The Umpire-in-Chief Follows the Lead of the Great Chief Justice
By Robert A. Schapiro
Chief Justice John Roberts may want to impose new limitations on federal authority, but even more, he wants to remove the U.S. Supreme Court from the center of a political debate. In this respect, history serves as his guide.
The health care decision is reminiscent of the most famous decision in the history of the United States Supreme Court, Marbury v. Madison in 1803: At a time of great partisan divide, the political opponents of the president hail him before the Supreme Court of the United States, asserting that his government is abusing its authority. The presiding chief justice is an appointee of the prior president, who represented a different political party from the incumbent. Nevertheless, while upholding the key arguments asserted by the president’s opponents, the chief justice dismisses the challenge on unexpected grounds, thus removing the Court from a contentious policy debate.
So it was with Chief Justice John Marshall with Marbury v. Madison in 1803, as partisan disputes about the judiciary roiled the early Republic. So it is with Chief Justice Roberts with the Affordable Care Act in 2012.
In the health care decision, Chief Justice Roberts accepted the central argument that the “individual mandate,” the requirement to purchase insurance, exceeded Congress’s authority under the Commerce Clause of the Constitution. However, defying expectations, the Chief Justice held that the mandate survived as a valid exercise of Congress’s taxing authority.
Like his most famous predecessor, Chief Justice Roberts avoided a confrontation with the President by dismissing the case on narrow grounds. In threading his way through this political thicket, Chief Justice Roberts seemed guided as well by his prior professions of judicial modesty.
At his confirmation hearings, Chief Justice John Roberts famously invoked a baseball analogy. “Judges are like umpires,” he stated. “Umpires don't make the rules; they apply them.” He then emphasized the limited role of umpires, asserting, “Nobody ever went to a ball game to see the umpire.”
When it came to the Affordable Care Act, all eyes were on the umpires.
Seats at the oral argument before the U.S. Supreme Court were the hottest tickets in town. Fans were treated to a rare triple-header, three full days of arguments about the law, as opposed to the one hour usually allocated to a case. As the Court’s term concluded, the decision on the legislation was breathlessly awaited.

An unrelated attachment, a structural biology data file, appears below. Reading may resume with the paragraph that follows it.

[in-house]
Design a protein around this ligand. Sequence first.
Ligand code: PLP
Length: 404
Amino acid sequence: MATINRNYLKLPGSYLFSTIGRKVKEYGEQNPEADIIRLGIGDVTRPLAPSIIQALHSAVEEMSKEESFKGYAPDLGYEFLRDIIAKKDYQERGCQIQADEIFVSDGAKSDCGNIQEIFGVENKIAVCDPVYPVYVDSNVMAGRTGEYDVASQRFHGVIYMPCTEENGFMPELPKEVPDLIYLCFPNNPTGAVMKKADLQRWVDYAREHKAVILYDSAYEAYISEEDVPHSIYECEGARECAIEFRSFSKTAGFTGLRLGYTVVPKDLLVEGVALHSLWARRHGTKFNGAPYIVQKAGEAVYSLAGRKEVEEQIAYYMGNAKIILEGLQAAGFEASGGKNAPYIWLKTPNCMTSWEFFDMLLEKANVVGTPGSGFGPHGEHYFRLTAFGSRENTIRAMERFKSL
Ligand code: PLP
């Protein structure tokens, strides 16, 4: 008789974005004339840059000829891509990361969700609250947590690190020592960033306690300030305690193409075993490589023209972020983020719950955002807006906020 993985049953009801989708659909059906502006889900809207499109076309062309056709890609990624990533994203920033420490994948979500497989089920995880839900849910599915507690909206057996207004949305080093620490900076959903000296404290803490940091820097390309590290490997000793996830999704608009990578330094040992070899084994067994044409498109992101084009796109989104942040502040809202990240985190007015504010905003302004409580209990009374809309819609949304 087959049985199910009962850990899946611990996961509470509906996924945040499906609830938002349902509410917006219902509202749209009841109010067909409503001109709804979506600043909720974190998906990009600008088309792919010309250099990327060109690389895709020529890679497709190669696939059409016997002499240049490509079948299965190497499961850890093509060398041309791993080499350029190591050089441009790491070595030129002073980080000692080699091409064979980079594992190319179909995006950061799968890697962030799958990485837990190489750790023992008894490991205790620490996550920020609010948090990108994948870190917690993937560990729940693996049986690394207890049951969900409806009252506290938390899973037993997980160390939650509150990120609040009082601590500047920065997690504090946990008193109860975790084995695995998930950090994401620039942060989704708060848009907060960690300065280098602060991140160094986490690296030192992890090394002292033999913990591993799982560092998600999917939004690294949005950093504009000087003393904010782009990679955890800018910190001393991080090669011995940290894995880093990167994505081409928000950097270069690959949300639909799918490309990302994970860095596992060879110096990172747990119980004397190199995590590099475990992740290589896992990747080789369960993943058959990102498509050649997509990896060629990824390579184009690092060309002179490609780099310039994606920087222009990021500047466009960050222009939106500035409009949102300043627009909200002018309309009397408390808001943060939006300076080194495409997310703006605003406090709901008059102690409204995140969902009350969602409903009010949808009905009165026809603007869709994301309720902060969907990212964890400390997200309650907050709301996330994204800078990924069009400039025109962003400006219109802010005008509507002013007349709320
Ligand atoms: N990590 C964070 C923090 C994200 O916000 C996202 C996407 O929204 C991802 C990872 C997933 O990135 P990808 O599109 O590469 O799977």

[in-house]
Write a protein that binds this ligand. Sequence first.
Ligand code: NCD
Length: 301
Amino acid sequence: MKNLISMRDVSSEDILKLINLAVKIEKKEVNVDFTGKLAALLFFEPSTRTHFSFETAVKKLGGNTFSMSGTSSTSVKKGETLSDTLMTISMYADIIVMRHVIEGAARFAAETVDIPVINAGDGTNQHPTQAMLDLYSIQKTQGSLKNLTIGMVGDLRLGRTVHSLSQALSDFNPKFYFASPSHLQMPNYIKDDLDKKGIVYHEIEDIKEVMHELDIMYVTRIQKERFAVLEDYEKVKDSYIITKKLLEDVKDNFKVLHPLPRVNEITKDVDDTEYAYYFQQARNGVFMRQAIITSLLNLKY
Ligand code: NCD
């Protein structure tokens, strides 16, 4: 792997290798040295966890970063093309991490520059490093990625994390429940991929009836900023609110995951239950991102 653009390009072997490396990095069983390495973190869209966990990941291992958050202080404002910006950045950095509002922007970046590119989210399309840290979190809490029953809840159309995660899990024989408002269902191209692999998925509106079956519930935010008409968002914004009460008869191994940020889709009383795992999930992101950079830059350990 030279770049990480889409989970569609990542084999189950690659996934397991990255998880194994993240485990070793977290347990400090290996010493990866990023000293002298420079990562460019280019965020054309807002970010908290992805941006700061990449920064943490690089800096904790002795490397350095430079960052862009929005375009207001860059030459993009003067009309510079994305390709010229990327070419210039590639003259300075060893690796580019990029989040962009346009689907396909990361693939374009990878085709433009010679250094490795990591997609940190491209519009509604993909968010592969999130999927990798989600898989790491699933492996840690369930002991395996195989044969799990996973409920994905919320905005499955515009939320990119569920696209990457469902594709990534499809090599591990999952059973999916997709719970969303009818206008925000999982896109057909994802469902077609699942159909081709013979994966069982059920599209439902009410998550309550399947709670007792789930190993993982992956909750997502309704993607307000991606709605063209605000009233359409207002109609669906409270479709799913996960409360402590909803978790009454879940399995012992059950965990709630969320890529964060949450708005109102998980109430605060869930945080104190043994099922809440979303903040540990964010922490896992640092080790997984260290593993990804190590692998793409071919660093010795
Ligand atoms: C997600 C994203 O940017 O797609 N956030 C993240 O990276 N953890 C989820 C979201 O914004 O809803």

The health care decision thus presented two key questions: What are the rules governing the federal government and how broad a role would the umpires play when it came to the World Series of public policy debates?
The answer to the second question is clear. Chief Justice Roberts was determined to keep the umpires off the field of play. With regard to formulating new law, the answer will take longer to develop, but initial indications are for a modest impact at most.
Today, Marbury v. Madison is a monument to the limitations on presidential authority. It is remembered for the arguments that the chief justice endorsed, rather than for the president’s ultimate victory. Unlike Marbury, however, the decision on the Affordable Care Act seems destined to be remembered for what it did not do—strike down President Obama’s signature domestic policy achievement—rather than for any newly articulated legal principles.
A majority of the Justices concluded that Congress could not use its commerce clause power to force individuals to buy products. This issue is theoretically interesting, but as the opponents of the law vigorously argued, Congress has rarely if ever sought to invoke such authority. The Court also limited Congress’s ability to require states to undertake new federal-state partnerships by threatening to withdraw federal funds from existing state programs. Careful drafting of legislation, though, should allow Congress to continue to induce state cooperation in advancing federal priorities.
It is evident that Chief Justice Roberts is no fan of expansive federal power. In future cases, the Court may limit Congress’s ability to address social and economic concerns. Chief Justice Roberts ensured, however, that those debates would take place in another game before a smaller crowd. For the moment, he was satisfied with removing the focus from the umpires.
Schapiro is dean of Emory Law and Asa Griggs Candler Professor of Law.